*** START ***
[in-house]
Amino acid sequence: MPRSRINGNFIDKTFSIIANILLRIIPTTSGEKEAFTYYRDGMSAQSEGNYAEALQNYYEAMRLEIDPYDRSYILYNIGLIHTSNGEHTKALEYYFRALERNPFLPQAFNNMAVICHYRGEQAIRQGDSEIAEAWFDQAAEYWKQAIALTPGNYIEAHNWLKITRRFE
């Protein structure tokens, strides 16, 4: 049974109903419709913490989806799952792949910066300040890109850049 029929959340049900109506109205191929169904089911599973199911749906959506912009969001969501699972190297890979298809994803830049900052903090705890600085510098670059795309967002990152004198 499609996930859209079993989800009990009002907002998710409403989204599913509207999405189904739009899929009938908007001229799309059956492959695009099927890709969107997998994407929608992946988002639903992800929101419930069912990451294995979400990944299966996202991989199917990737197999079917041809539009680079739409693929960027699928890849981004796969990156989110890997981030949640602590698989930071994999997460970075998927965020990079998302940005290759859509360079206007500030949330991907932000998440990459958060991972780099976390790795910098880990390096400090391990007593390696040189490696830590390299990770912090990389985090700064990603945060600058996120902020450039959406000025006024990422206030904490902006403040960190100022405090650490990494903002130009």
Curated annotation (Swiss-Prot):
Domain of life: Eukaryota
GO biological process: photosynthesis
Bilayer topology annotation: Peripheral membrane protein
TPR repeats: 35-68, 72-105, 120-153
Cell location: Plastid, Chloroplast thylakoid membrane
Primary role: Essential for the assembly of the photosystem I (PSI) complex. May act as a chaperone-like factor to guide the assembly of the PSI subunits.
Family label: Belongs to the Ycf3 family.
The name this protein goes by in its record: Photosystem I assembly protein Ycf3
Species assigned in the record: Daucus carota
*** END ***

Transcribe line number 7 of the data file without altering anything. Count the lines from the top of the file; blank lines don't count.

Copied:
Bilayer topology annotation: Peripheral membrane protein